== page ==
No, a four-year-old girl is not ‘really’ a boy

Adults need to stop inflicting trans ideology on small children.

Jo Bartosch

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Topics Feminism Politics UK

Stormy is a four-year-old female child whose parents believe she is a transgender boy. They believe this because Stormy has expressed the belief that she has a masculine gender identity. The media loves a sensational trans story (guilty), and, as the parents of what might be Britain’s youngest ‘trans’ tot, Stormy’s mum and dad duly received their 15 minutes on the sofa of This Morning this week.

Daytime television isn’t known for intellectual rigour, but it would have been fair to expect a little journalistic curiosity. Instead, head gently titled, Holly Willoughby oozed sympathy, stating with surprising confidence: ‘As a society we tend to want to put people into a girl or a boy box that just fits with what we know. It makes sense, it makes us feel comfortable, but that’s not reality.’

In saying this, not only did Willoughby demonstrate an alarming level of credulity — she also entirely missed the obvious point. Stormy could be a little girl living outside of the ‘girl’ box. She could have short hair, wear trousers and like firefighters, while still being female. Instead, Stormy’s parents have opted to put their female child in the box marked ‘boy’, because it seems it is still considered shameful to have a child who does not conform. There is nothing progressive about this. It is informed by what was once known as sexism.

The idea of trans children ought to make any right-thinking person wince. Only a decade ago, someone who sought to change his or her sex was referred to as a ‘transexual’, and someone who wore clothes associated with the opposite sex was referred to as a ‘transvestite’. Stripped of the sexual connotations, the words ‘trans’ and ‘transgender’ emerged. This happened at around the same time as the medical profession began treating children with gender dysphoria as if it were their bodies, not their minds, that needed fixing. The rebranding of what used to be regarded as an adult psycho-sexual disorder has created a new concept – the ‘transgender child’.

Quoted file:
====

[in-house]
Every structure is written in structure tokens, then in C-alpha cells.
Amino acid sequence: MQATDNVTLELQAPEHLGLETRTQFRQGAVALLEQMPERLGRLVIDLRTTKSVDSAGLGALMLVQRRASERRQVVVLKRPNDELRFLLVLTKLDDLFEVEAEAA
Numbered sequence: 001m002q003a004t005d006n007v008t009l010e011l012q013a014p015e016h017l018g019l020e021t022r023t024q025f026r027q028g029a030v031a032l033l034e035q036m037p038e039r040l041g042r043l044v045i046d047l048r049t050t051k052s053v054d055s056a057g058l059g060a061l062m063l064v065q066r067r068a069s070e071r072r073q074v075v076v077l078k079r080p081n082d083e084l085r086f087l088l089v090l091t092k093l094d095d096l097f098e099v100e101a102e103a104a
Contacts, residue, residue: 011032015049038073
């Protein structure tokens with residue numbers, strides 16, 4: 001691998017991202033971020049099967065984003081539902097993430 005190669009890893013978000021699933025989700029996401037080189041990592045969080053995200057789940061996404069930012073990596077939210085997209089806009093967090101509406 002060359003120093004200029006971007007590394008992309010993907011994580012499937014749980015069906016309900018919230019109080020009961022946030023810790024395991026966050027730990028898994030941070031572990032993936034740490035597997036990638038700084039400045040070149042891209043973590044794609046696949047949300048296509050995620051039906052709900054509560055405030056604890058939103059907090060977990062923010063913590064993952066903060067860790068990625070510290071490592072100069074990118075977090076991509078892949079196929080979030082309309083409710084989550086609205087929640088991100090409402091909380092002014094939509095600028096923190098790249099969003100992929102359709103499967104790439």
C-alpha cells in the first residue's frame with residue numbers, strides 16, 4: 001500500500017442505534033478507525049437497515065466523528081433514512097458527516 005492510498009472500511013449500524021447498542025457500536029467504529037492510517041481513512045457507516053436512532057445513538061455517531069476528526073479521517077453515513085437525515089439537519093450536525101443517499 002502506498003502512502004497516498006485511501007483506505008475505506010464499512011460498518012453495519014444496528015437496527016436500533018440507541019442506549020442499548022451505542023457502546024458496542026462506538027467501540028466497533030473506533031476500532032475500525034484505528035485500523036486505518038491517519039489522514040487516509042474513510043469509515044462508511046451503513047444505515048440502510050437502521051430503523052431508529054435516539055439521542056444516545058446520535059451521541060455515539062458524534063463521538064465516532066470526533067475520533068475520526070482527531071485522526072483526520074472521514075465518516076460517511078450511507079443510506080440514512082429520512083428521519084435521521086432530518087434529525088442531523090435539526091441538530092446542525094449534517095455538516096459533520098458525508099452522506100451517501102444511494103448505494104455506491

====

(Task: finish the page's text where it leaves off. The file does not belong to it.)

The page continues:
Between 2009 and 2019, there was a 1,460 per cent increase in referrals of boys, and a staggering 5,337 per cent increase in referrals of girls to gender-identity services in the UK. Research suggests that a disproportionate number of those who identify as trans as children would otherwise grow up to be same-sex attracted. A 2017 study of 4,500 children showed lesbians are 12 to 19 times more likely to be tomboyish as girls than their straight counterparts, whereas gay men are likely to be 20 to 26 times more likely to be effeminate as boys. In Iran, where homosexuality is illegal, transgender surgeries are performed on lesbians and gay men to make them appear as ‘straight’. In affirming the nonsensical notion that some children are ‘born in the wrong body’, we are at risk of doing the same in the UK, albeit with a woke rainbow gloss.

In a post on LinkedIn, which attracted hundreds of congratulatory comments, Stormy’s dad, Matthew Stubbings, stated: ‘I am so proud that he knows who he is and isn’t constrained by societal norms and prejudices. We can all learn something from this small boy and I learn every day.’